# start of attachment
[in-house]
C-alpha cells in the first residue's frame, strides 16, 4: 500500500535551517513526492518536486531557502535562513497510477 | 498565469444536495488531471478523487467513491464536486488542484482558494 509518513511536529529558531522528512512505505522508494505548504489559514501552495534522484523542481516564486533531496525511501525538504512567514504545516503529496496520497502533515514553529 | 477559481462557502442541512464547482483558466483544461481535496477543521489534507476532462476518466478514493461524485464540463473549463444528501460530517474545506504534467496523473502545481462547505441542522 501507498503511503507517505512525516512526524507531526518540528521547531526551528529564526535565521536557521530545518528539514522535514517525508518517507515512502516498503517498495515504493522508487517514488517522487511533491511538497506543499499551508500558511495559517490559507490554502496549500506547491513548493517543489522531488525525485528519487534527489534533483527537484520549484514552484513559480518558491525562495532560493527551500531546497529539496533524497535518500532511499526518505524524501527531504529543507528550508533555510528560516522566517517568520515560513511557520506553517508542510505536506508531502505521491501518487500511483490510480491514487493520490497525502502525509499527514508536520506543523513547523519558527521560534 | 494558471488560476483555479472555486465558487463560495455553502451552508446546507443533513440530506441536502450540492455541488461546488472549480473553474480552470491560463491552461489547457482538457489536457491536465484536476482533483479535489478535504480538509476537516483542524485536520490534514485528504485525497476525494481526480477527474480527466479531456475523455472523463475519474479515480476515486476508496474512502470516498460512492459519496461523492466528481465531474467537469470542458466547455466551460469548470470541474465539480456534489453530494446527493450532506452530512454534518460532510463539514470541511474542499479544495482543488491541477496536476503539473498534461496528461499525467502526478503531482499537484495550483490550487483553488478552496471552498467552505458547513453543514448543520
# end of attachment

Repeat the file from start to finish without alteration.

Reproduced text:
[in-house]
C-alpha cells in the first residue's frame, strides 16, 4: 500500500535551517513526492518536486531557502535562513497510477 | 498565469444536495488531471478523487467513491464536486488542484482558494 509518513511536529529558531522528512512505505522508494505548504489559514501552495534522484523542481516564486533531496525511501525538504512567514504545516503529496496520497502533515514553529 | 477559481462557502442541512464547482483558466483544461481535496477543521489534507476532462476518466478514493461524485464540463473549463444528501460530517474545506504534467496523473502545481462547505441542522 501507498503511503507517505512525516512526524507531526518540528521547531526551528529564526535565521536557521530545518528539514522535514517525508518517507515512502516498503517498495515504493522508487517514488517522487511533491511538497506543499499551508500558511495559517490559507490554502496549500506547491513548493517543489522531488525525485528519487534527489534533483527537484520549484514552484513559480518558491525562495532560493527551500531546497529539496533524497535518500532511499526518505524524501527531504529543507528550508533555510528560516522566517517568520515560513511557520506553517508542510505536506508531502505521491501518487500511483490510480491514487493520490497525502502525509499527514508536520506543523513547523519558527521560534 | 494558471488560476483555479472555486465558487463560495455553502451552508446546507443533513440530506441536502450540492455541488461546488472549480473553474480552470491560463491552461489547457482538457489536457491536465484536476482533483479535489478535504480538509476537516483542524485536520490534514485528504485525497476525494481526480477527474480527466479531456475523455472523463475519474479515480476515486476508496474512502470516498460512492459519496461523492466528481465531474467537469470542458466547455466551460469548470470541474465539480456534489453530494446527493450532506452530512454534518460532510463539514470541511474542499479544495482543488491541477496536476503539473498534461496528461499525467502526478503531482499537484495550483490550487483553488478552496471552498467552505458547513453543514448543520